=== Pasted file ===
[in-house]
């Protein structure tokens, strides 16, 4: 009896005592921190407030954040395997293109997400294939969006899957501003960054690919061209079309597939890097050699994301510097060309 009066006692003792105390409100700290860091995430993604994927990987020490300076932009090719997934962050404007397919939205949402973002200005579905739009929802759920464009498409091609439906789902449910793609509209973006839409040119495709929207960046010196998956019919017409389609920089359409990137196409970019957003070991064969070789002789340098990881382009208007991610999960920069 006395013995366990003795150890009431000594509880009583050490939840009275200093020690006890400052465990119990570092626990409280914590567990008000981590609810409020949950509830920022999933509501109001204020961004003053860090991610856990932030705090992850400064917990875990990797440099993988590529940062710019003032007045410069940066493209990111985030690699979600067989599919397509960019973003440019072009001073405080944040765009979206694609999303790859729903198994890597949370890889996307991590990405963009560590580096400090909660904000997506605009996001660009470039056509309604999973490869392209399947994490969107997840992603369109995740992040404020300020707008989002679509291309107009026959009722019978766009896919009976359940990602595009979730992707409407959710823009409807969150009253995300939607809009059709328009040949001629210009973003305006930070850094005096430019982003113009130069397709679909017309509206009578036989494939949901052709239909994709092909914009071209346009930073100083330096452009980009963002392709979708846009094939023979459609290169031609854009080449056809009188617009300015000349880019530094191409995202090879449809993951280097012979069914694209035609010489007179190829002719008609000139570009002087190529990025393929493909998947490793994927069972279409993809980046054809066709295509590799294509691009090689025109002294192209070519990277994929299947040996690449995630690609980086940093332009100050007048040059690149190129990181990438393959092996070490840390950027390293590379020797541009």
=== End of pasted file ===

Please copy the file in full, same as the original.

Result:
[in-house]
């Protein structure tokens, strides 16, 4: 009896005592921190407030954040395997293109997400294939969006899957501003960054690919061209079309597939890097050699994301510097060309 009066006692003792105390409100700290860091995430993604994927990987020490300076932009090719997934962050404007397919939205949402973002200005579905739009929802759920464009498409091609439906789902449910793609509209973006839409040119495709929207960046010196998956019919017409389609920089359409990137196409970019957003070991064969070789002789340098990881382009208007991610999960920069 006395013995366990003795150890009431000594509880009583050490939840009275200093020690006890400052465990119990570092626990409280914590567990008000981590609810409020949950509830920022999933509501109001204020961004003053860090991610856990932030705090992850400064917990875990990797440099993988590529940062710019003032007045410069940066493209990111985030690699979600067989599919397509960019973003440019072009001073405080944040765009979206694609999303790859729903198994890597949370890889996307991590990405963009560590580096400090909660904000997506605009996001660009470039056509309604999973490869392209399947994490969107997840992603369109995740992040404020300020707008989002679509291309107009026959009722019978766009896919009976359940990602595009979730992707409407959710823009409807969150009253995300939607809009059709328009040949001629210009973003305006930070850094005096430019982003113009130069397709679909017309509206009578036989494939949901052709239909994709092909914009071209346009930073100083330096452009980009963002392709979708846009094939023979459609290169031609854009080449056809009188617009300015000349880019530094191409995202090879449809993951280097012979069914694209035609010489007179190829002719008609000139570009002087190529990025393929493909998947490793994927069972279409993809980046054809066709295509590799294509691009090689025109002294192209070519990277994929299947040996690449995630690609980086940093332009100050007048040059690149190129990181990438393959092996070490840390950027390293590379020797541009």